Sunny Cheshire by any other name

After more than four years, I have to admit that Quad Royal rambles on a bit.  One day I must make some kind of attempt to index it or at least make it easier for the casual visitor to find their way around.

But the advantage of there being so much back catalogue is that, every so often, Google brings in an unexpected visitor and I discover something new.  Which is what happened recently on a perfectly workaday post about a long-since-departed railwayana auction.

I was writing about these posters.

New Brighton/Wallasey - Have Fun in Sunny Cheshire', 1956.British Railways (London Midland Region) poster. Artwork by Ken or Felix Kelly

New Brighton, Wallasey, for Pleasure!Õ, BR (LMR) poster, 1954. Felix Kelly

They weren’t even in the auction but I do love them so and would still very much like to own them, but I digress.

Almost exactly three years after I wrote the piece, this appeared in the comments.

The Sunny Chesire posters were not done by Felix Kelly but rather Kenneth Roy Kelly MBE, my grandfather. I have the original artwork hanging on my wall. He also did TWA advertisements as well as designing the Popsicle logo.

This surprised me quite a bit, because these two posters are ascribed to on the NMSI database (which I use because it works better than the NRM one, but I’ve gone on about that before now and may well do again some day).  But then when I looked a bit closer, the attribution did look a bit suspect, because this is the only other poster down as being his work.

ÔChesterÕ, BR (LMR) poster British Railways (London Midland Region) poster. Interior of cathedral with choir stalls and organ front in north transept. Artwork by Felix Kelly.

You’d be hard pressed to claim it as related in any way.

And in fact when I read the NRM blurb very carefully, the maker may be down as ‘Felix Kelly’ but the description says it is by ‘Ken Kelly’.  So we are all very confused.

Google knows very little about Kenneth Roy Kelly, except that he got his MBE for services to defence heritage.  And there’s a fantasy artist called Ken Kelly so that’s any more detailed searches on the subject doomed.

Nonetheless, between the Quad Royal archives and the magic powers of Google, we have added very slightly to the sum total of human knowledge.  And I’ve written back to Roy Kelly’s grandfather to see if we can have a look at some photos of that original artwork and then perhaps I will be able to tell you even more.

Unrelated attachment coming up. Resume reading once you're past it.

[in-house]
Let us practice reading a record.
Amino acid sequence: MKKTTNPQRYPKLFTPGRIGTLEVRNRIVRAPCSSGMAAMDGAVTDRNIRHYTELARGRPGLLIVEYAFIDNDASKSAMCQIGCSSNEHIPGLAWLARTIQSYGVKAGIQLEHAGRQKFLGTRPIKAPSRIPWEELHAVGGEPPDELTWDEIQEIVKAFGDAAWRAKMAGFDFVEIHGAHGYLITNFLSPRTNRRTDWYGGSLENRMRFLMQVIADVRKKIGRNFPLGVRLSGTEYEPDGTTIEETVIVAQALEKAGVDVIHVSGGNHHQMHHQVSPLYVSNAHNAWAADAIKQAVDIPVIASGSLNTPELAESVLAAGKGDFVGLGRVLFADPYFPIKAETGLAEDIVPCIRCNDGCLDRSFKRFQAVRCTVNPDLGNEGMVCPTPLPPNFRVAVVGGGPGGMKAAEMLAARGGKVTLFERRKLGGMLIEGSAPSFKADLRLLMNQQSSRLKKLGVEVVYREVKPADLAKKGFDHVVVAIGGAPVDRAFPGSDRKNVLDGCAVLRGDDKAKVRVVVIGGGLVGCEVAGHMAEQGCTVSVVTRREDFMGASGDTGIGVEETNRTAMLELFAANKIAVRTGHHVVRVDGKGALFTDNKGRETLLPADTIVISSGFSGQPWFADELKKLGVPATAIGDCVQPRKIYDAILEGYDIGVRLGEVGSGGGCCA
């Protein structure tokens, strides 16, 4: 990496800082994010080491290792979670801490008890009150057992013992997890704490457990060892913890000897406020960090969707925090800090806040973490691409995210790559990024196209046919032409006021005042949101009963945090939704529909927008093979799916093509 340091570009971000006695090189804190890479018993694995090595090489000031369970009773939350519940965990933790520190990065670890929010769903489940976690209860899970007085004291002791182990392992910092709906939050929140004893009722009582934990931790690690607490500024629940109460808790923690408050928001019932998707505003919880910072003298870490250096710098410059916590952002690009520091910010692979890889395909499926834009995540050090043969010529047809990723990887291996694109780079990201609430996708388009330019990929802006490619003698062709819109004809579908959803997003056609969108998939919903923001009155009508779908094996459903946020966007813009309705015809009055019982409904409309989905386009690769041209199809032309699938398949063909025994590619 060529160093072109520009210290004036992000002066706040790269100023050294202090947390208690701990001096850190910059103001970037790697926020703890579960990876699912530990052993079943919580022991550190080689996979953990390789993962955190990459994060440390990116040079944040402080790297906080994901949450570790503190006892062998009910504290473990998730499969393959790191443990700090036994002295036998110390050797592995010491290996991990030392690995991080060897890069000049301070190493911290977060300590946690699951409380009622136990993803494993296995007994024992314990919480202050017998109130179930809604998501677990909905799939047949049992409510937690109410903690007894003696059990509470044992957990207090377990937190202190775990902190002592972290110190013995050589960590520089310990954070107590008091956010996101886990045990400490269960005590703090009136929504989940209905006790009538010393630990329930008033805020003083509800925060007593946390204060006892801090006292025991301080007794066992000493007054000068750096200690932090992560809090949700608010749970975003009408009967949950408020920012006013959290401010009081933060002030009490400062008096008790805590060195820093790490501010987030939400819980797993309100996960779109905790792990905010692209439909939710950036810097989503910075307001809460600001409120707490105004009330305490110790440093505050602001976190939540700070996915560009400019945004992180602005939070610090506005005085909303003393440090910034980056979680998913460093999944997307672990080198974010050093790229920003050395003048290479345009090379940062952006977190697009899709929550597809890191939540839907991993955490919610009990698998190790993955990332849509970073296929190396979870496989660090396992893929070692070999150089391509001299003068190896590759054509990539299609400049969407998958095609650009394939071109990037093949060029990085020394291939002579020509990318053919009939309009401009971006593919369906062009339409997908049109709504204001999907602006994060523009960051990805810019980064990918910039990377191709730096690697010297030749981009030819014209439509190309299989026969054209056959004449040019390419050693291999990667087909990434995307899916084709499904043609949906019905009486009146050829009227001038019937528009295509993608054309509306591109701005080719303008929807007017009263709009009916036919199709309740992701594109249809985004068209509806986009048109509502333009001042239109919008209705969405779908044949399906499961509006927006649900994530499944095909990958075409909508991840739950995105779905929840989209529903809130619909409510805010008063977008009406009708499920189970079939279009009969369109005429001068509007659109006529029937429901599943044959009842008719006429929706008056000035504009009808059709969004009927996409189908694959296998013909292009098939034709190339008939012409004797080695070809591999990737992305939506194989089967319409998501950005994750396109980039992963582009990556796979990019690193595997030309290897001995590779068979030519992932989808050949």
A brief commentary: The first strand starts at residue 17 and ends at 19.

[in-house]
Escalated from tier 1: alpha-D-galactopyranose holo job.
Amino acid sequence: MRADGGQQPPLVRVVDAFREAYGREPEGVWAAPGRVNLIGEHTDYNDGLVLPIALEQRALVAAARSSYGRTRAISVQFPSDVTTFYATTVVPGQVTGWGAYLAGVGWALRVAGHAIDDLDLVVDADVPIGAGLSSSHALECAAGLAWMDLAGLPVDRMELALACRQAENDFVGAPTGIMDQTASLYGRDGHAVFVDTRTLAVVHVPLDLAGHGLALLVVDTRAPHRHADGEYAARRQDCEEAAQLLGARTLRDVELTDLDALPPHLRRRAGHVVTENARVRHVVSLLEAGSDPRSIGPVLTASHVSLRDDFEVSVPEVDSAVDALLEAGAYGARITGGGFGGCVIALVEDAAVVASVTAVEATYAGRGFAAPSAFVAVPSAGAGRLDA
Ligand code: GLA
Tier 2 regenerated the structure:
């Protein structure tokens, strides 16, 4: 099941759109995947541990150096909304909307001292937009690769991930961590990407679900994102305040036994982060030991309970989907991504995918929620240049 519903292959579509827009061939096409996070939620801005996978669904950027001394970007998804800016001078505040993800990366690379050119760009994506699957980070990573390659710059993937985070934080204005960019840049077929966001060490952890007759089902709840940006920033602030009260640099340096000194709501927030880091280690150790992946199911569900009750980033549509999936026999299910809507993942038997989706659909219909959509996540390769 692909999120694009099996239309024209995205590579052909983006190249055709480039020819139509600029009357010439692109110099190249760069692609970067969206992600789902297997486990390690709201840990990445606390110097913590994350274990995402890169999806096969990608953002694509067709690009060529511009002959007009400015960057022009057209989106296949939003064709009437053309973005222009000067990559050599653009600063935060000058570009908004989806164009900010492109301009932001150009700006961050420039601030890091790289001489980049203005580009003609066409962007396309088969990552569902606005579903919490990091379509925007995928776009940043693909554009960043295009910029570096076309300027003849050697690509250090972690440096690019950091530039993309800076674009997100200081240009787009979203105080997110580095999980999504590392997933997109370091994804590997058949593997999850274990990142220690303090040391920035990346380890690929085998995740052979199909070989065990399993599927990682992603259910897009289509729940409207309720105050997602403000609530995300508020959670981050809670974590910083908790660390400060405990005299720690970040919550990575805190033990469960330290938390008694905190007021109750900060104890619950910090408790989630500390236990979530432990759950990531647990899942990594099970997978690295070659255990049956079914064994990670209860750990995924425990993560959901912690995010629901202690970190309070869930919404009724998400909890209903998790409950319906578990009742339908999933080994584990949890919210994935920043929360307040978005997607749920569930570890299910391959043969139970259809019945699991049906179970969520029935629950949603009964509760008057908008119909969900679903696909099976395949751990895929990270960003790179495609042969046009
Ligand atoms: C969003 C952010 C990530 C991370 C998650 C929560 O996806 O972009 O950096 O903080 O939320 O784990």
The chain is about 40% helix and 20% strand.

This entry was posted in archives, auctions, designers and tagged . Bookmark the permalink. Post a comment or leave a trackback: Trackback URL.

7 Comments

  1. Tim Osmond
    Posted November 25, 2015 at 2:31 pm | Permalink

    Maybe the cats made the archivist think of “Felix” ?

  2. crownfolio
    Posted November 25, 2015 at 3:04 pm | Permalink

    Ha, perhaps that is the answer.

  3. David Bownes
    Posted November 26, 2015 at 12:30 pm | Permalink

    Hi
    The roller coasting cat poster appears on p58 of the 1955 Modern Publicity annual where its attributed to ‘Kenneth Kelly’
    I don’t know much about Mr K Kelly either, other than that he was an occasional judge for the Art Directors Annual of Advertising in the sixties.

  4. David Bownes
    Posted November 26, 2015 at 12:32 pm | Permalink

    BTW – having grown up in Cheshire in the 1970s I can confirm that it was NEVER sunny. Well, maybe during the draught in 1976.

  5. crownfolio
    Posted November 26, 2015 at 8:31 pm | Permalink

    I spent three years in Macclesfield and can concur with that.

    I’m hoping that Ken Kelly’s grandson will be back in touch with more news, but thanks for sharing what you know;

  6. Posted December 6, 2015 at 3:54 pm | Permalink

    Just discovered your blog and am enjoying browsing around—mine is of similar vintage and rambling nature and I suppose I should index too, but it looks like too much work!

  7. crownfolio
    Posted December 7, 2015 at 2:53 pm | Permalink

    Yes, that’s what’s stopping me too. And then when I start to look at it, I just get distracted…

Post a Comment

Your email is never published nor shared. Required fields are marked *

You may use these HTML tags and attributes <a href="" title=""> <abbr title=""> <acronym title=""> <b> <blockquote cite=""> <cite> <code> <del datetime=""> <em> <i> <q cite=""> <s> <strike> <strong>

*
*